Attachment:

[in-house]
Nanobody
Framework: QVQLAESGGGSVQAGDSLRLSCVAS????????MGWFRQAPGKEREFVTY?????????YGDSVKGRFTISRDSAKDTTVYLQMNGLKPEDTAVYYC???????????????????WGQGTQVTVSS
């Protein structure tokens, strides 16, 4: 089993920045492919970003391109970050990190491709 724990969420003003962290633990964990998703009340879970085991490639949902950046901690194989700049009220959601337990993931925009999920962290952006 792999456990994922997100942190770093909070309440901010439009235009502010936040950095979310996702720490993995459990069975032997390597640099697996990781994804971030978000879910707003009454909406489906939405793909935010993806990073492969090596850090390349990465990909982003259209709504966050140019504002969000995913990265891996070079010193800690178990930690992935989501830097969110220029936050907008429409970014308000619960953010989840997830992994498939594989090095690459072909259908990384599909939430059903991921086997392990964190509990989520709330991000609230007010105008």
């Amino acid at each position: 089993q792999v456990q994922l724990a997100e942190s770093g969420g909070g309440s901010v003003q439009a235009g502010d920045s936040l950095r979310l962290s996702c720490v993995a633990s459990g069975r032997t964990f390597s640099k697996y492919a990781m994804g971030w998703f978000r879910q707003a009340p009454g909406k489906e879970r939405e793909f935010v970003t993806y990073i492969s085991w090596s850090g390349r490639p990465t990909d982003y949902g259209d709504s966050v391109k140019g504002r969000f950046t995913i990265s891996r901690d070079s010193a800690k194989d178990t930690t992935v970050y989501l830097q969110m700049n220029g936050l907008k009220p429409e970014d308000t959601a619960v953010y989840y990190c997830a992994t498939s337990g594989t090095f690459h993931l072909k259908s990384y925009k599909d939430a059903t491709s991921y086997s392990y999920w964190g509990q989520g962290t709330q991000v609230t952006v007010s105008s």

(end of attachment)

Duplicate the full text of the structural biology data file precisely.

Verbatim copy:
[in-house]
Nanobody
Framework: QVQLAESGGGSVQAGDSLRLSCVAS????????MGWFRQAPGKEREFVTY?????????YGDSVKGRFTISRDSAKDTTVYLQMNGLKPEDTAVYYC???????????????????WGQGTQVTVSS
């Protein structure tokens, strides 16, 4: 089993920045492919970003391109970050990190491709 724990969420003003962290633990964990998703009340879970085991490639949902950046901690194989700049009220959601337990993931925009999920962290952006 792999456990994922997100942190770093909070309440901010439009235009502010936040950095979310996702720490993995459990069975032997390597640099697996990781994804971030978000879910707003009454909406489906939405793909935010993806990073492969090596850090390349990465990909982003259209709504966050140019504002969000995913990265891996070079010193800690178990930690992935989501830097969110220029936050907008429409970014308000619960953010989840997830992994498939594989090095690459072909259908990384599909939430059903991921086997392990964190509990989520709330991000609230007010105008």
């Amino acid at each position: 089993q792999v456990q994922l724990a997100e942190s770093g969420g909070g309440s901010v003003q439009a235009g502010d920045s936040l950095r979310l962290s996702c720490v993995a633990s459990g069975r032997t964990f390597s640099k697996y492919a990781m994804g971030w998703f978000r879910q707003a009340p009454g909406k489906e879970r939405e793909f935010v970003t993806y990073i492969s085991w090596s850090g390349r490639p990465t990909d982003y949902g259209d709504s966050v391109k140019g504002r969000f950046t995913i990265s891996r901690d070079s010193a800690k194989d178990t930690t992935v970050y989501l830097q969110m700049n220029g936050l907008k009220p429409e970014d308000t959601a619960v953010y989840y990190c997830a992994t498939s337990g594989t090095f690459h993931l072909k259908s990384y925009k599909d939430a059903t491709s991921y086997s392990y999920w964190g509990q989520g962290t709330q991000v609230t952006v007010s105008s």